I had a complex reading experience with Bard City Blues and my opinions of the book changed quite rapidly and dramatically as I was reading it. Now that I have finished the book and had a few days to allow my thoughts to simmer, I can unequivocally say that Bard City Blues is worth your time. If you are already a cozy fantasy reader you’ll love what Webb does to both fall into the genre and add his own spin, while non-cozy fans might want to try this one out (especially if Legends and Lattes wasn’t your thing but you want that vibe).
The beginning of Bard City Blues was a tiny bit of a slog, but if you just let yourself be immersed in this small little world you will be rewarded for it.
I’m not the most read in cozy fantasy, but most books in this subgenre seem to fall into one of two major camps. First, you have the “hang out” cozies. Legends and Lattes is a perfect example of this. It doesn’t really have a plot; the allure of the book is that you just want to spend more time in this world and with these characters. You are just hanging out with them in a slice-of-life kind of way. The other cozy fantasies tend to have more of a plot; the coziness tends to come from the relatively low stakes of the book, such as a really good cozy mystery.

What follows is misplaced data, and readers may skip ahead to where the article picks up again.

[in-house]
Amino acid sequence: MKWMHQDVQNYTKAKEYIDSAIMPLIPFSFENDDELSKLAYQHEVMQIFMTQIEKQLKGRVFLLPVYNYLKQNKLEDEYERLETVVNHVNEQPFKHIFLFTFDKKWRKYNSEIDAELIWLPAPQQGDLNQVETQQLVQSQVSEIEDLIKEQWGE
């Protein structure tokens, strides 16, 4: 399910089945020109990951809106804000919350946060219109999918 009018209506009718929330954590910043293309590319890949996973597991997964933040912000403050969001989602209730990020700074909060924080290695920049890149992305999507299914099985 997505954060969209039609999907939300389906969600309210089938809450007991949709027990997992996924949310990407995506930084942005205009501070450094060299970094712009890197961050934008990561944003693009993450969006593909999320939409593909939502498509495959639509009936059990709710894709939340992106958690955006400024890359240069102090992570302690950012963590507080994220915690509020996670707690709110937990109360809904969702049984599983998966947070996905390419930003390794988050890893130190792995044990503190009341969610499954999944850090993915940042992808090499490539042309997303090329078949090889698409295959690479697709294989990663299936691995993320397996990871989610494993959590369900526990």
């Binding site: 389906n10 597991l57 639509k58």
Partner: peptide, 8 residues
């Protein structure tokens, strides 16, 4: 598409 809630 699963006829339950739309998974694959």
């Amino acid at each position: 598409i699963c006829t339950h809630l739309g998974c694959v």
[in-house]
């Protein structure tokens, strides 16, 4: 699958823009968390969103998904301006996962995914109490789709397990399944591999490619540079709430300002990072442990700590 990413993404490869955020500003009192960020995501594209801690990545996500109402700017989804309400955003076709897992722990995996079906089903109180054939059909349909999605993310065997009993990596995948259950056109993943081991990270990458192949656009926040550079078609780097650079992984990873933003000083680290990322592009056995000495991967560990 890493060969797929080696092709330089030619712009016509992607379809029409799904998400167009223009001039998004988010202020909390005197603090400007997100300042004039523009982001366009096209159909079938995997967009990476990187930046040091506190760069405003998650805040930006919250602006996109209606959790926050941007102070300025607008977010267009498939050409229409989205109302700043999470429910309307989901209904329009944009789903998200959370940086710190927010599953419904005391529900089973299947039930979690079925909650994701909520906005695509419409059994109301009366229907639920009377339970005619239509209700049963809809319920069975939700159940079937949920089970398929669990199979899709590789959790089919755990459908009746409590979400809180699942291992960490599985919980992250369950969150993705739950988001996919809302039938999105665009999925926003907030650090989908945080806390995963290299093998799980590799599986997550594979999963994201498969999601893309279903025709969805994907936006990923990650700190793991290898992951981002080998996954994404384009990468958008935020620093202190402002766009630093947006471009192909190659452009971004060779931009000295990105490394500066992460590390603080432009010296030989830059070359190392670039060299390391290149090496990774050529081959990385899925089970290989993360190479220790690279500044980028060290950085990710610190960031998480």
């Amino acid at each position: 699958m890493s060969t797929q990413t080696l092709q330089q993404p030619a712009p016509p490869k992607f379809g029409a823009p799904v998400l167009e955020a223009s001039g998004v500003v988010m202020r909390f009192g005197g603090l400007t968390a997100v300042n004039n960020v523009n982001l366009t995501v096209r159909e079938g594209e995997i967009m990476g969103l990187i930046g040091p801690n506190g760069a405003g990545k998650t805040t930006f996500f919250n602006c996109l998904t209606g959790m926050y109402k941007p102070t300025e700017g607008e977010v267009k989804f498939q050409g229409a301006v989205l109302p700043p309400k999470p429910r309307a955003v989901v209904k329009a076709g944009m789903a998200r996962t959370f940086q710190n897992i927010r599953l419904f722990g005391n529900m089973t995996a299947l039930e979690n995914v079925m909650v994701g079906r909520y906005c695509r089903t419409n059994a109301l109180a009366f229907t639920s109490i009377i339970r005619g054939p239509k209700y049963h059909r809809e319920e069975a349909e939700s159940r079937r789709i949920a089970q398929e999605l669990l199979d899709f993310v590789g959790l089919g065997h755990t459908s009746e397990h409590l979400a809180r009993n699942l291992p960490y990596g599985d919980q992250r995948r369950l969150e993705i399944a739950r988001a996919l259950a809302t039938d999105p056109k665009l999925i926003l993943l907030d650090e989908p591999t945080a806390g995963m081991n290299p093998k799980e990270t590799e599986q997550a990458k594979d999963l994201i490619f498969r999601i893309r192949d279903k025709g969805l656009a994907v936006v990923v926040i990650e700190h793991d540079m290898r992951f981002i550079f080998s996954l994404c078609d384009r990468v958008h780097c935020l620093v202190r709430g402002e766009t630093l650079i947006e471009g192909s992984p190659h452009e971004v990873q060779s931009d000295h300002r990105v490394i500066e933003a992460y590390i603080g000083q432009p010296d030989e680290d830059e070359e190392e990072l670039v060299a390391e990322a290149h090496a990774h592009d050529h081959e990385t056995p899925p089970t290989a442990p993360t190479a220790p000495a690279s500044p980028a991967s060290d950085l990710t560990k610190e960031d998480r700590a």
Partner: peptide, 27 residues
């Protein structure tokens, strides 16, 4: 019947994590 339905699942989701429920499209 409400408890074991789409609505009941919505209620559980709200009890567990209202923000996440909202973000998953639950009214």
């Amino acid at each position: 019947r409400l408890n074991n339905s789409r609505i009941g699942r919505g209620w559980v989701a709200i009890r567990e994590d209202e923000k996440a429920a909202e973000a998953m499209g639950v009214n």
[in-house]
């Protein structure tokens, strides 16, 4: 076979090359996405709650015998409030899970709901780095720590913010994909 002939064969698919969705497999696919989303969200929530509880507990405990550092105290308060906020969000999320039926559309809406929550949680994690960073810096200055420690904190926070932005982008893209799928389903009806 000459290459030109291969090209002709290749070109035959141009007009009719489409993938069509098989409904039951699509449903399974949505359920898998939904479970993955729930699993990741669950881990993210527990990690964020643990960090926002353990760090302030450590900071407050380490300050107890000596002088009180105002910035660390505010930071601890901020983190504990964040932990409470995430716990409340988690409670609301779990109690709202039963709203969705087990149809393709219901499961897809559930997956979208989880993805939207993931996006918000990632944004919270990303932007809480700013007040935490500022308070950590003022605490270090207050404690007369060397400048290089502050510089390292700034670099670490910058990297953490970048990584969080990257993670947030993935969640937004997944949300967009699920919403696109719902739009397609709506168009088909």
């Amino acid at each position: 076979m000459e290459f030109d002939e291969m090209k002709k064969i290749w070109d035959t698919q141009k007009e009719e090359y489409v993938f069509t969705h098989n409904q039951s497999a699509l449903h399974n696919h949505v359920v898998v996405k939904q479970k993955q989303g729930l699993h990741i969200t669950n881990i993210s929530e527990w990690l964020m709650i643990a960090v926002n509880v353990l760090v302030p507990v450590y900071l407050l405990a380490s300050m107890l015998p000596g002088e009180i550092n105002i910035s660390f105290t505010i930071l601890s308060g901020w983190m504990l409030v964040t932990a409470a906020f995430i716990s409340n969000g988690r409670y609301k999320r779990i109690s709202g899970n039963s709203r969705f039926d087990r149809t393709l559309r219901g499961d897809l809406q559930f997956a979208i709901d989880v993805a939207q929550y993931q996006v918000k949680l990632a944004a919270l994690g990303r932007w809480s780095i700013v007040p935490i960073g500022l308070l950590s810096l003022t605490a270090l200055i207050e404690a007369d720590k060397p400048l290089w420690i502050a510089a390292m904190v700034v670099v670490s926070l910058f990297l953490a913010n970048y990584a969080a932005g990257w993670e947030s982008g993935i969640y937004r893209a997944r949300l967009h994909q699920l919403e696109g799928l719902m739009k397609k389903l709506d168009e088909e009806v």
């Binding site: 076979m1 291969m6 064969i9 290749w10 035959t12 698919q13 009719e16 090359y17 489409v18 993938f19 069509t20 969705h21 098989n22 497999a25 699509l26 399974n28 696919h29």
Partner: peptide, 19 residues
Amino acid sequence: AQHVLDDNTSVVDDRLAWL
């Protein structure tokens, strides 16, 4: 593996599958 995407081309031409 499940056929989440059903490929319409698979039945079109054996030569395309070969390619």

The problem with Bard City Blues in its early pages is that it tries to be both things at the same time, and does neither of them particularly well. We are introduced to way too many of the “quirky tavern patrons” early on to the extent where none of them feel fleshed out enough for me to want to hang with them as friends, and the mystery plot (about a missing painting) feels a bit contrived.
But give the book time, because eventually everything falls into near perfection. Webb eventually gives all of his characters depth, complex emotions, and diverse needs. I think the problem is that I went into the book expecting Legends and Lattes, where I feel in love with the cast immediately. But Webb’s characters are actually more nuanced (and even internally contradictory, in a good way) than Baldree’s. The characters we first meet in the opening pages of Bard City Blues are not who these people really are; unlike most cozy fantasies what we see on the surface is not the entire story. Webb’s characters have an astounding amount of depth that you cannot help but to root for and fall for. Whether it is someone who wants to forge their own path, someone who wants to fall in love, or someone trying to right the wrongs of their past, when everything clicks in Bard City Blues it REALLY clicks.